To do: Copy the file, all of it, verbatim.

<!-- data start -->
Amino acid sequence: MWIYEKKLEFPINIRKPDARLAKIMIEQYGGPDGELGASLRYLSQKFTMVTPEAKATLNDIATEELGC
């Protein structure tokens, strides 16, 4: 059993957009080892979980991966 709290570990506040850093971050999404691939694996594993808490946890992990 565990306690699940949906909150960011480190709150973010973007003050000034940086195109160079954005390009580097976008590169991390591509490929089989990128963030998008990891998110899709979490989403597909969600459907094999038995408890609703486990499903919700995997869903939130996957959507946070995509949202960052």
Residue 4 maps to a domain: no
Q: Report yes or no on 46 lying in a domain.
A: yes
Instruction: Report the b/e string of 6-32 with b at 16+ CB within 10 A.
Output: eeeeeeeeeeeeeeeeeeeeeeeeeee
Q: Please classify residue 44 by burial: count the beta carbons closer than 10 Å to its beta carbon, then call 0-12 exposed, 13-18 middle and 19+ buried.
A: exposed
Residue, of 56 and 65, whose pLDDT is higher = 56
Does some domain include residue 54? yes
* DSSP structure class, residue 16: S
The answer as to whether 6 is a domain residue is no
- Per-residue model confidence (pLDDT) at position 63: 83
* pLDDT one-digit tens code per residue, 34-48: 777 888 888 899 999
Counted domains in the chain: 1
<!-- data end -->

Amino acid sequence: MWIYEKKLEFPINIRKPDARLAKIMIEQYGGPDGELGASLRYLSQKFTMVTPEAKATLNDIATEELGC
């Protein structure tokens, strides 16, 4: 059993957009080892979980991966 709290570990506040850093971050999404691939694996594993808490946890992990 565990306690699940949906909150960011480190709150973010973007003050000034940086195109160079954005390009580097976008590169991390591509490929089989990128963030998008990891998110899709979490989403597909969600459907094999038995408890609703486990499903919700995997869903939130996957959507946070995509949202960052």
Residue 4 maps to a domain: no
Q: Report yes or no on 46 lying in a domain.
A: yes
Instruction: Report the b/e string of 6-32 with b at 16+ CB within 10 A.
Output: eeeeeeeeeeeeeeeeeeeeeeeeeee
Q: Please classify residue 44 by burial: count the beta carbons closer than 10 Å to its beta carbon, then call 0-12 exposed, 13-18 middle and 19+ buried.
A: exposed
Residue, of 56 and 65, whose pLDDT is higher = 56
Does some domain include residue 54? yes
* DSSP structure class, residue 16: S
The answer as to whether 6 is a domain residue is no
- Per-residue model confidence (pLDDT) at position 63: 83
* pLDDT one-digit tens code per residue, 34-48: 777 888 888 899 999
Counted domains in the chain: 1